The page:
I hope it helps to remember my clever husband’s phrase – positivity is a safety net. He’s right, of course. Start small with positive thinking, and see if it doesn’t bloom throughout your whole life. It’s worth a try! I’m by no means there yet – positive thinking is still a conscious choice for me, a conscious turning away from the downward-pulling power of the negative. I hope eventually it will be instinctual.

When the knocks really start rolling in, and the challenges start mounting up, we’ll see how much progress I’ve made. I’m going to practise as much as I can in the meantime! And, of course, if I can do it, so can you.

Life/Time Management

Another new week is beginning, and the sun is shining here. It looks (fingers crossed) like it’ll be a lovely day. The weekend was more or less restful – I was attacked by an idea on Saturday lunchtime, which is currently languishing in scribbles on the back of an envelope, and my husband and I had a Serious Discussion about the opening chapters of ‘Eldritch’ yesterday. So, I almost had a break from the words that like to linger in the corners of my mind.

Not, of course, that I’d like them to give me a complete break. That would be like the bereft, cold feeling of having the blankets pulled off you in the middle of the night. It’s just – sometimes – I wish there was more space in my brain. Space into which I could put, for instance, all the other things I have to do. Space to remember everything I need to remember, and arrange my life in the most time-effective and efficient way.

So, not like this guy. Image: smallbizmodo.com

So, not like this guy.
Image: smallbizmodo.com

Now, normally I’m not too bad. I’m usually pretty well organised. I get up early, I attack the day long before most people (I think anyone who does the sort of work I do would do the same), and I generally know what’s on the schedule from one day to the next. But there are times when I slip up, and that’s a real pain. I’ve been entering competitions, as you know, and trying to submit work to as many places as possible in the hope it might be suitable for publication. And I’ve mentioned before that there are lots of places to submit. So, it’s inevitable that, at times, stuff is going to slip through the cracks. I realised on Friday, for instance, that I’d allowed time to slip away from me, and that a competition deadline was approaching – and that, even if I acted fast, chances were I’d miss it.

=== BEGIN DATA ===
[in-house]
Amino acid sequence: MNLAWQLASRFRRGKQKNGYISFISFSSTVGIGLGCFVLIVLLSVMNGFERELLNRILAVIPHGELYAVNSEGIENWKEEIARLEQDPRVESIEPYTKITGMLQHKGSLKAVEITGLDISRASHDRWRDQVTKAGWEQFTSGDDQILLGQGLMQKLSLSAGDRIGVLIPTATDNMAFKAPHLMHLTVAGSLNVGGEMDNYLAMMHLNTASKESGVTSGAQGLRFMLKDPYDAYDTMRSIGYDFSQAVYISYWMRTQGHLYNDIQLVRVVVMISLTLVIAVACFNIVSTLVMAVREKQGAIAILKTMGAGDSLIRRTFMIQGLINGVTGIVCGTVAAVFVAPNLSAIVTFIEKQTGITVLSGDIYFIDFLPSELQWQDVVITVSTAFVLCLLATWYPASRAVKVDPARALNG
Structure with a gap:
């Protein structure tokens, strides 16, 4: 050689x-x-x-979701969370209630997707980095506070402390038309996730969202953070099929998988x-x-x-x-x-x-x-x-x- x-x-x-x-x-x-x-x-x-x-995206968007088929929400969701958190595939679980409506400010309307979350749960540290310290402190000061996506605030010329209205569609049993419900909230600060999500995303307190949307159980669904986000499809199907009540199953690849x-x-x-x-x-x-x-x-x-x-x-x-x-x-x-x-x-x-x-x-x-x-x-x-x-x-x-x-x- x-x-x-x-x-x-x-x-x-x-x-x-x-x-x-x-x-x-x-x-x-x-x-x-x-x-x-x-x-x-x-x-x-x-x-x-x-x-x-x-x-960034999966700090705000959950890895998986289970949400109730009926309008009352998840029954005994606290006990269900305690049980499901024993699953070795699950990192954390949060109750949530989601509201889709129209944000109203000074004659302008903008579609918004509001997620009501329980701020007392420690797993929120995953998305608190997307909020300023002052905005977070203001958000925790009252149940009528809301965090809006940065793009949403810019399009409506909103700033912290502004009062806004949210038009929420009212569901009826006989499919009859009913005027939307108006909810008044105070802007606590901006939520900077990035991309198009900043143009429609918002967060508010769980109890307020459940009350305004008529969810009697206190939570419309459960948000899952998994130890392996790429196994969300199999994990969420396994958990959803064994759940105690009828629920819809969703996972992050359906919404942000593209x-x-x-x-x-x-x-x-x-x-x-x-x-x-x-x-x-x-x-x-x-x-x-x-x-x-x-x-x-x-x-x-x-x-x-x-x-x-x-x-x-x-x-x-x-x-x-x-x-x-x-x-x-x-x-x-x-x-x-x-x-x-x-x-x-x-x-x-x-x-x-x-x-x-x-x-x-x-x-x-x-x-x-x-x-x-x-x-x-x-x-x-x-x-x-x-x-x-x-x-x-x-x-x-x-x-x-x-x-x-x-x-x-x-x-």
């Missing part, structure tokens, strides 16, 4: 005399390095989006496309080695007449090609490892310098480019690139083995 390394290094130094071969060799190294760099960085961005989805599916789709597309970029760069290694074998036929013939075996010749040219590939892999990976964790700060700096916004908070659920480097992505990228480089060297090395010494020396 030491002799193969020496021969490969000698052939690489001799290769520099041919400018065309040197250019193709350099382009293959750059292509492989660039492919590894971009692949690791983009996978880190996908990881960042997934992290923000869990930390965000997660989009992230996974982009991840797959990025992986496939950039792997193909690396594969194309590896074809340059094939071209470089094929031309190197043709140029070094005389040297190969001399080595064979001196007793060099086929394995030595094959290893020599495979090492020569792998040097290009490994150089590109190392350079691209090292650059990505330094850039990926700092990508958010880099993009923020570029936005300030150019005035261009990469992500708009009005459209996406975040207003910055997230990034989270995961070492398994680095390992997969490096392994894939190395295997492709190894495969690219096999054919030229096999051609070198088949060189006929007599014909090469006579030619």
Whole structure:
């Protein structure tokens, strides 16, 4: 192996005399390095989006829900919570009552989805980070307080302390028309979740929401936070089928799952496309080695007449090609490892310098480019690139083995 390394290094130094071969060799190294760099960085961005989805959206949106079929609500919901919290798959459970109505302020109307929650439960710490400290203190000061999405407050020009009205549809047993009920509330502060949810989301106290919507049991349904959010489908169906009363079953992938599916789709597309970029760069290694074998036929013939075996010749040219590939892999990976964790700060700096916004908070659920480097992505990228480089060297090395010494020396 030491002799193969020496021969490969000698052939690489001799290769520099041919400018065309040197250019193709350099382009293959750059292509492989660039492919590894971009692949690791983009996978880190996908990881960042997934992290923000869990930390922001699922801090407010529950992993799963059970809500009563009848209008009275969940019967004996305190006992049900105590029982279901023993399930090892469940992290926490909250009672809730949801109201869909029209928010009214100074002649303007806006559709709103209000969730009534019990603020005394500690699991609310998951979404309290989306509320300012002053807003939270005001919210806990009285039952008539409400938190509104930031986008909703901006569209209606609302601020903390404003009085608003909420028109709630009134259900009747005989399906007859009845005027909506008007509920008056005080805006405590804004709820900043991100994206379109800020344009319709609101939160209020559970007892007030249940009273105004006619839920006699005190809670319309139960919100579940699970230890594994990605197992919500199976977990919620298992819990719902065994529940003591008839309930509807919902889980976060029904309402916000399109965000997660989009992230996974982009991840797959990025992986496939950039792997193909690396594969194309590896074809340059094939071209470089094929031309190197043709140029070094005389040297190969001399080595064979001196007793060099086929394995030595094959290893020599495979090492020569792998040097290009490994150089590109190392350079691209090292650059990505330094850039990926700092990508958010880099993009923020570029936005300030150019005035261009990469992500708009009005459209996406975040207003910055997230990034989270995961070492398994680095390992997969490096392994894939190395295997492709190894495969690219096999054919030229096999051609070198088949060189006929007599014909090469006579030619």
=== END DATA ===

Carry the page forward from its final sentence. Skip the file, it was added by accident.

This was a shame, because it was a competition I really wanted to enter. I’d noticed the call for submissions a few weeks ago, and I’d had an idea. I kept this idea on a particular shelf in my brain, ripening like a fine cheese; every so often I’d turn it, tend it, and check how it was getting on. Unlike a good cheesemaker, though, I allowed too much time to go by – I left it too long on the shelf. By the time I hurried it out into the light, I fear not only did I spoil it, but also left myself too little time to get it out into the world. The competition is in the UK, and the closing date is early this week. I sent my entry, but I have a feeling it will be too late. I also know that I should have spent more time on the story, if I’d had time to spend.

I got very side-tracked with ‘Eldritch’ last week; I really allowed it to take over all the space I had in my head. So, other things (like checking up on a contact I hadn’t heard from, sending a few emails re. an upcoming publication, and – of course – sorting myself out for upcoming competitions) fell by the wayside. I don’t want this to happen again, because it makes me stressed. There are, of course, a few simple steps that can be taken to avoid a recurrence – first among these is ‘not relying on your holey brain to remember everything, and getting a calendar’; second would be ‘not forgetting to take a big red marker and write the stuff you need to remember on the calendar.’ I’ll probably end up writing notes on my hand to remind me to write on my calendar, which will devolve into tying pieces of string onto various extremities and leaving myself Post-It notes all over the house… I can see it turning into a total disaster, but it’s better than nothing. At the moment, I normally put reminders on my phone to help with time management and organisation, but I think the poor device is going to raise the white flag shortly and beg for parlay. Plus, if I lose the phone, my whole life goes with it. That, naturally, would be a disaster.